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David Dewhurst

A true pioneer of biomedical technology, David Dewhurst’s career has been influential in electro-medical equipment safety. Mr Dewhurst served in World War II, and shortly after being demobilised, he studied physiology and electronics at the University of Melbourne. By the late 1960s, Mr Dewhurst was known as an expert in programming and an established writer – sharing his knowledge through published works.  

David Dewhurst was born in Victoria, Australia, in 1919. Mr Dewhurst always had a fascination for electronics and had his own electronics workshop in his home.  

Educated at Malvern Church of England Grammar School (dux 1936), Mr Dewhurst intended to study classics at the University of Melbourne.  

However, his service in World War Two derailed that plan for six years. In 1940, Mr Dewhurst was enlisted in the Australian Imperial Force, joining the Australian Corps of Signals. He was demobilised in 1946 and returned to the University of Melbourne and studied physiology and electronics. While completing his master’s degree, he took over a small electrophysiology laboratory in the department of physiology before being appointed a lecturer in 1952. With very little budget from the University, Mr Dewhurst made use of his army surplus electronic equipment and managed to transform his unit into a renowned centre of medical instrumentation. By 1959 he was awarded his doctorate for research into the biophysics of cell membranes, and in 1964 he was promoted to reader in biophysics (later biophysics and biomedical engineering).

In 1966, Mr Dewhurst’s unit was launched into the history books as the first in Australia to have a PDP-8 minicomputer. The revolutionary technology enabled him and his unit to acquire and process electrical and mechanical physiological data in real time. Mr Dewhurst became an expert programmer and was able to share these skills with many others through his teachings. Pergamon Press published his course notes as a book, Physical Instrumentation in Medicine and Biology.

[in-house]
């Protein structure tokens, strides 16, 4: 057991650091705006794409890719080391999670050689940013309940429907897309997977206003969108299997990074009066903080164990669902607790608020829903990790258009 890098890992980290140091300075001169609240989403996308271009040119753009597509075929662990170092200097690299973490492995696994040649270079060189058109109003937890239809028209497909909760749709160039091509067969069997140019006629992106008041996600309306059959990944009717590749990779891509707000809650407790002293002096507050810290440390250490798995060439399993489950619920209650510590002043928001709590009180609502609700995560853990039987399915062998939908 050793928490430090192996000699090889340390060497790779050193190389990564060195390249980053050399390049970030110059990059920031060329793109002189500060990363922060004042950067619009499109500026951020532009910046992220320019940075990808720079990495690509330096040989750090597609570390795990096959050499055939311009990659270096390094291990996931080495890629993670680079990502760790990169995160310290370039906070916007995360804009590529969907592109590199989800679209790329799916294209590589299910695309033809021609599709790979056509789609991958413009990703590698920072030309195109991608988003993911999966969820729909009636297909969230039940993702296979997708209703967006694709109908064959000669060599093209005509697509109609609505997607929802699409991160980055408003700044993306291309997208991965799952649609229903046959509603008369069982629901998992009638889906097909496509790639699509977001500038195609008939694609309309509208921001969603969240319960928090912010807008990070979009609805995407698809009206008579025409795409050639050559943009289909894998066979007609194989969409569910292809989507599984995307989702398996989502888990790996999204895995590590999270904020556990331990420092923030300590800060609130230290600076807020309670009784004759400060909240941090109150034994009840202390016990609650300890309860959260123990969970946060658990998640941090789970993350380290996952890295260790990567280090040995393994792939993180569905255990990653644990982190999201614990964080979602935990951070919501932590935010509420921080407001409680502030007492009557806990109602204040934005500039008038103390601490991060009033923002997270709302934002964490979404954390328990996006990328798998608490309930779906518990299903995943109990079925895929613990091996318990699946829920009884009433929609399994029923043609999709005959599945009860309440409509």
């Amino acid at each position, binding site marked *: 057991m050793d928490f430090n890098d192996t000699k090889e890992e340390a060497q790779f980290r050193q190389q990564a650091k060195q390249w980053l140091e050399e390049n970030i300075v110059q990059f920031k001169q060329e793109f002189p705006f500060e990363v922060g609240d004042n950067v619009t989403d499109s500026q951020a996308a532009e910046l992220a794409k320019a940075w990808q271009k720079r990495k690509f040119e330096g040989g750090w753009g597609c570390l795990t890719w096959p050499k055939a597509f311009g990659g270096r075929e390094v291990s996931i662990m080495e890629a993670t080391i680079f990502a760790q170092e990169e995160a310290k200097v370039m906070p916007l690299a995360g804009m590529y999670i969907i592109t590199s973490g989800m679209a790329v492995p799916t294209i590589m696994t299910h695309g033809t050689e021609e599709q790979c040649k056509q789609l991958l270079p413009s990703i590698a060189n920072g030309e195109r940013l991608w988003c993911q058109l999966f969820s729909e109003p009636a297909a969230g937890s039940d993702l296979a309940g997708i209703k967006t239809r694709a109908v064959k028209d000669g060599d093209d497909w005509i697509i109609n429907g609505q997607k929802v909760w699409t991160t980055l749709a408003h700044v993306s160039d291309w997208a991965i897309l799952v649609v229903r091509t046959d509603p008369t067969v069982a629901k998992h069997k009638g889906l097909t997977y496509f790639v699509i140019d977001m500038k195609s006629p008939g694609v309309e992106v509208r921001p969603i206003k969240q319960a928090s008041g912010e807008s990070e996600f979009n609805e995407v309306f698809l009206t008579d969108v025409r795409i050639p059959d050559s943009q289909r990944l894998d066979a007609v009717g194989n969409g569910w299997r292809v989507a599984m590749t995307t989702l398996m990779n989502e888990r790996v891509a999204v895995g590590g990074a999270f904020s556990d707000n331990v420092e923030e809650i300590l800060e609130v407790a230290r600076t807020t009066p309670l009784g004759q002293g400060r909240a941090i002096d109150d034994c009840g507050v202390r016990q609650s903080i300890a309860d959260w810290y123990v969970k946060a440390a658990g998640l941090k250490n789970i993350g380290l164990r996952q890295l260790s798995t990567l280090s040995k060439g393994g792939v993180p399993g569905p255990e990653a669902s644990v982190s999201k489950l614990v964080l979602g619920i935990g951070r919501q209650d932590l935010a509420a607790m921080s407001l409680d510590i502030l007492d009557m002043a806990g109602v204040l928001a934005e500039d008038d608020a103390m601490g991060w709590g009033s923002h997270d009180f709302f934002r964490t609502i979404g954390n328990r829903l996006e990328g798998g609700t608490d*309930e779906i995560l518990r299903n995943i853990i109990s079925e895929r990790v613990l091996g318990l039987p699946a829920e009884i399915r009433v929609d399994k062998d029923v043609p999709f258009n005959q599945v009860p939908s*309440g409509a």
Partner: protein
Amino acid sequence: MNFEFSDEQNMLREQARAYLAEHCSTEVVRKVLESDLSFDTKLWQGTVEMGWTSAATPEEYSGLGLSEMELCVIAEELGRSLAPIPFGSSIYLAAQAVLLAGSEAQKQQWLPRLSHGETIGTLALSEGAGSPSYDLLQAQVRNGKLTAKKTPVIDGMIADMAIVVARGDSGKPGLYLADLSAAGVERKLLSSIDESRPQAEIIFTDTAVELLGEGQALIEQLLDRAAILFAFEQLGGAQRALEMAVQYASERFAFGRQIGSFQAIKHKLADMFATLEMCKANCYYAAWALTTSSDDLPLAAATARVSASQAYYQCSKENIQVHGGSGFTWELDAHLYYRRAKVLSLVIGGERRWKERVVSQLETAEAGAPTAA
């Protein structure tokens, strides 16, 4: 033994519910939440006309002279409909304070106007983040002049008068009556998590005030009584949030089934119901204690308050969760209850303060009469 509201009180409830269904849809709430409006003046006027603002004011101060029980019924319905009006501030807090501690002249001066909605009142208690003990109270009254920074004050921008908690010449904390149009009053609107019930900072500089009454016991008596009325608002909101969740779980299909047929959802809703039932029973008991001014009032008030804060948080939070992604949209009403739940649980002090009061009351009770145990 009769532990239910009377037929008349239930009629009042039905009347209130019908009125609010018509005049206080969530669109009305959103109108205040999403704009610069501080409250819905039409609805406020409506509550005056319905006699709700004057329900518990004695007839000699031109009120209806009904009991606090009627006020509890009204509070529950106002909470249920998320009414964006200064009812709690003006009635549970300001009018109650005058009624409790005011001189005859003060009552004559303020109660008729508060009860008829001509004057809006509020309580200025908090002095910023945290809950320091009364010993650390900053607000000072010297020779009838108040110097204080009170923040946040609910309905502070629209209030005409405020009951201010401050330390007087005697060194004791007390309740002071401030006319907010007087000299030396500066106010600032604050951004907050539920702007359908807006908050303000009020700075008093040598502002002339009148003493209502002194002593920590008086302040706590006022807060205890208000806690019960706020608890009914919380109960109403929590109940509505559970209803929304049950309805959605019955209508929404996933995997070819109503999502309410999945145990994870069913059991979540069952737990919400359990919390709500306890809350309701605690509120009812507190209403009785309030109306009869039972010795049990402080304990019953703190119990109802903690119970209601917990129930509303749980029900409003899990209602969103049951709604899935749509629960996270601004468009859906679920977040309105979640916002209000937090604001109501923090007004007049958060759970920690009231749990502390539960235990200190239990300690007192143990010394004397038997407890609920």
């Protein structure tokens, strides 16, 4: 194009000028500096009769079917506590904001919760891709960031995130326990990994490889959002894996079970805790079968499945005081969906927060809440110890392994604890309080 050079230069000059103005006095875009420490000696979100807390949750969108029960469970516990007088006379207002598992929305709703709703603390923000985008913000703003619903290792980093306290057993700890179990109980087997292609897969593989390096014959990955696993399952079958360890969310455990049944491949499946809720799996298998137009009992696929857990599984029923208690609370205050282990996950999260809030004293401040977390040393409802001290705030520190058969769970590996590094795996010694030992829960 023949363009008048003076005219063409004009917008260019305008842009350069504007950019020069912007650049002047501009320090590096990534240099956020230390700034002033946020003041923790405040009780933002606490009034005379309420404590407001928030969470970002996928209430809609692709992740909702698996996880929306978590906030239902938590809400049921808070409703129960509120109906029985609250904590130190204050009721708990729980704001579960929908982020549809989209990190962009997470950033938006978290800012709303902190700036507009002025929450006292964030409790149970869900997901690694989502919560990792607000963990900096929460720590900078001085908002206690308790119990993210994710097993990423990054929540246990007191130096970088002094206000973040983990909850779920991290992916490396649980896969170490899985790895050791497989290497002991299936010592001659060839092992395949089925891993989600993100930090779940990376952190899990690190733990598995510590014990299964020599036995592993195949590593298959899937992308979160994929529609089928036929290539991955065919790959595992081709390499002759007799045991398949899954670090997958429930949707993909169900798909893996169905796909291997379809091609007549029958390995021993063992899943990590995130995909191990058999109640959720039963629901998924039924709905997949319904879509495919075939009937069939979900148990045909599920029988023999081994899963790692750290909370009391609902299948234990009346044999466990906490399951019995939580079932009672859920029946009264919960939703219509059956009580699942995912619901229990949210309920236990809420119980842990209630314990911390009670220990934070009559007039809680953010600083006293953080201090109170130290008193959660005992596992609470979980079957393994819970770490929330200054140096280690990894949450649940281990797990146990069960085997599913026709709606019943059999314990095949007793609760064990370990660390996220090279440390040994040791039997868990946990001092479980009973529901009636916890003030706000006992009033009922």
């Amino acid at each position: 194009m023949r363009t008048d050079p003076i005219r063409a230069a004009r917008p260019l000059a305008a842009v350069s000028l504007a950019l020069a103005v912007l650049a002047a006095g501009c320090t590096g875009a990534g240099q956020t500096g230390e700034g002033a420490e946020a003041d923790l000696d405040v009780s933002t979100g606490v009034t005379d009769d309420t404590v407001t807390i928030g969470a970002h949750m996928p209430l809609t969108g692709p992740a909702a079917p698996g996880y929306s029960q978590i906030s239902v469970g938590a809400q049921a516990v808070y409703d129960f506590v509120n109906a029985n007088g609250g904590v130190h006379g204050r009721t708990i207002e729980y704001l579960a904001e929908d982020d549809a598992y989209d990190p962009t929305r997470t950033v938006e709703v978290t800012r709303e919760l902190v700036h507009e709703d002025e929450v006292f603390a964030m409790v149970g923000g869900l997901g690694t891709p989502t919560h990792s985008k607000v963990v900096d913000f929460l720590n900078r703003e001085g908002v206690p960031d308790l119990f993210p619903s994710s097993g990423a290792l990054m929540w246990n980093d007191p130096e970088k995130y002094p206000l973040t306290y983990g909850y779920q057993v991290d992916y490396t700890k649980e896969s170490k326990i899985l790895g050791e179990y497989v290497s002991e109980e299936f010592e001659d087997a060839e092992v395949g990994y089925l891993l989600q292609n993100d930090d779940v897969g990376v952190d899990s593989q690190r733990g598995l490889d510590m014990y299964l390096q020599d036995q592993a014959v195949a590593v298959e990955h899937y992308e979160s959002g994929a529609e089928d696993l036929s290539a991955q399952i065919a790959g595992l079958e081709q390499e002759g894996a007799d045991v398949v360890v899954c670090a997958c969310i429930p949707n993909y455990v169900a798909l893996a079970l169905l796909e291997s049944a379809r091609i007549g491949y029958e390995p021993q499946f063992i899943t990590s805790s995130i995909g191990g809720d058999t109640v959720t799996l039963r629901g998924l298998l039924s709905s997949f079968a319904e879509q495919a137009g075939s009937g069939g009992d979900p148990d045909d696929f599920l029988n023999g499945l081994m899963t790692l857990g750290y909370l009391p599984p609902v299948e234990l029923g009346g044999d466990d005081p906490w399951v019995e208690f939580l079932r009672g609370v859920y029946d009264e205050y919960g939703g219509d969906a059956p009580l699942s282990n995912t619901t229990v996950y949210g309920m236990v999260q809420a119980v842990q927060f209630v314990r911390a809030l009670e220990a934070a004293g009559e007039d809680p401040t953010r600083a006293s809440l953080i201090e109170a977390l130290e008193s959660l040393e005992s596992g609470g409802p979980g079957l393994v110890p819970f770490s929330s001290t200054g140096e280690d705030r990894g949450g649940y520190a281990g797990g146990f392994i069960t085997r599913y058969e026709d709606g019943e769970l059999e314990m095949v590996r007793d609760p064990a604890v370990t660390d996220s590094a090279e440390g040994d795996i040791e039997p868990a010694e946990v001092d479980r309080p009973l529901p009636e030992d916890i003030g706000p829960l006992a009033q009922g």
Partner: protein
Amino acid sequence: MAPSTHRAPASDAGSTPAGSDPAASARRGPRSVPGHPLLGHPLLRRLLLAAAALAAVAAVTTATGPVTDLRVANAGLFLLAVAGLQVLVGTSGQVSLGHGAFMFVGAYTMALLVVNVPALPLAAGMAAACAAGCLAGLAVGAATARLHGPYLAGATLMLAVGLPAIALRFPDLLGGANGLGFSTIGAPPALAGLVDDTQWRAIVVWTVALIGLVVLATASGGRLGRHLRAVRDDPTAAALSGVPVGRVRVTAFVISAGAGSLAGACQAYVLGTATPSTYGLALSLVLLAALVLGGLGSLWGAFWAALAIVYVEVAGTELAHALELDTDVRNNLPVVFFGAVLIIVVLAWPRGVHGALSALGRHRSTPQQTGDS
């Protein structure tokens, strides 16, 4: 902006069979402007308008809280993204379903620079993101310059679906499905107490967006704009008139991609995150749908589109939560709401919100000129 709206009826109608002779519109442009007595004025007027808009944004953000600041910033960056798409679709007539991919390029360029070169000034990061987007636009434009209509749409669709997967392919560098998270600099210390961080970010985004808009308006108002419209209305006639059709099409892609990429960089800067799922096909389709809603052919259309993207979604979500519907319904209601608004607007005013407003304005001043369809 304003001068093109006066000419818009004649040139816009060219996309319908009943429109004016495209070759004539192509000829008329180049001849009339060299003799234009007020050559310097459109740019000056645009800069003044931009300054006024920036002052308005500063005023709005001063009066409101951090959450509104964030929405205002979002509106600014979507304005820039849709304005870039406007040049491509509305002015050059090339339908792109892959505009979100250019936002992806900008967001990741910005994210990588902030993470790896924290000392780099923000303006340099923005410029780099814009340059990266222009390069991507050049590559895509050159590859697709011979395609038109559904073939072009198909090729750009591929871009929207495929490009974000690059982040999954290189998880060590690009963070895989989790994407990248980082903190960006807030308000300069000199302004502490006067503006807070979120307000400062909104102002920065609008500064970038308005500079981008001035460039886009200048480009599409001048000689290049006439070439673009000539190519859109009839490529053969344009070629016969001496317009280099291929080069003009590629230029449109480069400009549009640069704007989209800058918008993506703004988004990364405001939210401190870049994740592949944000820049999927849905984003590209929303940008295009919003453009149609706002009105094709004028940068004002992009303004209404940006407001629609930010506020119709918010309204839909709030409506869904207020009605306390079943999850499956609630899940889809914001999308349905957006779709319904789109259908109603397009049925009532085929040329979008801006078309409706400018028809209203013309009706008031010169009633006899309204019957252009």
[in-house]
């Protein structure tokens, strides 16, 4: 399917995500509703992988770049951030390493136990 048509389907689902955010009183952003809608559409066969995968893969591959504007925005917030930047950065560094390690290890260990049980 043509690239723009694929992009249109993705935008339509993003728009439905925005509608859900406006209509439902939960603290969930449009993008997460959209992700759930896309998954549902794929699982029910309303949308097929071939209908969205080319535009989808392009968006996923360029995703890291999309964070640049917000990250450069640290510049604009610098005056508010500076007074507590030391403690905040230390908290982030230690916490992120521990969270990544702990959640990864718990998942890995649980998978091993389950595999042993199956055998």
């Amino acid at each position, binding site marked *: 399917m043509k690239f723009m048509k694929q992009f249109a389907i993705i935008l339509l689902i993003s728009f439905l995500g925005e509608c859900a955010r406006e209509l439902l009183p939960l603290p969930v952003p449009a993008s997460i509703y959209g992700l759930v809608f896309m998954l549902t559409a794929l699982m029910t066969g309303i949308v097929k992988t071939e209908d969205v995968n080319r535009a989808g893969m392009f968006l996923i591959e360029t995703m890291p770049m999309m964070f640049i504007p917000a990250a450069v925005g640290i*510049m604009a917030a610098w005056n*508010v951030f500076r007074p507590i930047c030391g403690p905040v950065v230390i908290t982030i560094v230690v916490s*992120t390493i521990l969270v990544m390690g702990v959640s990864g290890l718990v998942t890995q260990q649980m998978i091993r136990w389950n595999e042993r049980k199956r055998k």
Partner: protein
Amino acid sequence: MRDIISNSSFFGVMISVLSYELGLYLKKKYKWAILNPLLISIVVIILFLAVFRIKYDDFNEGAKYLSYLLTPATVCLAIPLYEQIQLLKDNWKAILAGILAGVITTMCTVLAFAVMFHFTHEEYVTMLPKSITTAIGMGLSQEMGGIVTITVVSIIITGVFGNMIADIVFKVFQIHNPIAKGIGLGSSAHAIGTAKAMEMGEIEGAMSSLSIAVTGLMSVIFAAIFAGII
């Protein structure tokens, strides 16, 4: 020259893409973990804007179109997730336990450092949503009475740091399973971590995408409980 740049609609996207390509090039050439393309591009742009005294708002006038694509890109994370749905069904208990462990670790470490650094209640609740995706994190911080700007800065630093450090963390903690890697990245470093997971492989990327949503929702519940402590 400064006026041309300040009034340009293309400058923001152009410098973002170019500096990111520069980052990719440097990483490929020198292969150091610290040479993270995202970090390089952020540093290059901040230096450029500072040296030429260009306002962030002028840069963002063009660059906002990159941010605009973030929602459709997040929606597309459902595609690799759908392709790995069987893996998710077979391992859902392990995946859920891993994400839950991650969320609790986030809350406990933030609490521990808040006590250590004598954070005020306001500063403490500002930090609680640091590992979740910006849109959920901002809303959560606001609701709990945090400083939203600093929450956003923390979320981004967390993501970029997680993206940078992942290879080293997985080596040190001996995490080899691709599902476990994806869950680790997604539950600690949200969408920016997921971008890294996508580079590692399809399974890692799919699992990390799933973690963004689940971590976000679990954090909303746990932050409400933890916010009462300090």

This all led to what would become an incredibly significant contribution to Australian safety standards within medical mapping technology – he was intensely involved with measuring the electrical safety and performance of medical instrumentation, becoming Chair of Standards Australia’s (then Standards Association of Australia) electro-medical equipment committee. As Chair he helped produce a number of relevant safety standards in the early 1970s.  

Mr Dewhurst’s career continued with a focus on biomedical technology, and he went on to contribute to the development of the multi-channel cochlear implant (the bionic ear), a project inspired by his own disabled son.  

Mr Dewhurst retired in 1985 and was appointed the Member of the Order (AM) medal in 1990. Shortly after his death in 1996, the Biomedical College of Engineers Australia inaugurated the David Dewhurst award for biomedical engineering excellence.

“Standards evolve and build upon their origins as the need arises,” said Adam Stingemore, Standards Australia’s General Manager of Engagement and Communications. “As technology advances and our world changes, Standards Australia, its committees and contributors revise and reshape existing standards and create new ones. In this sense, pioneers like David Dewhurst are essential to lay the groundwork around these safety standards for successors to review and update. It’s work we’re proud to commemorate; it’s part of the fabric of our nation's history.”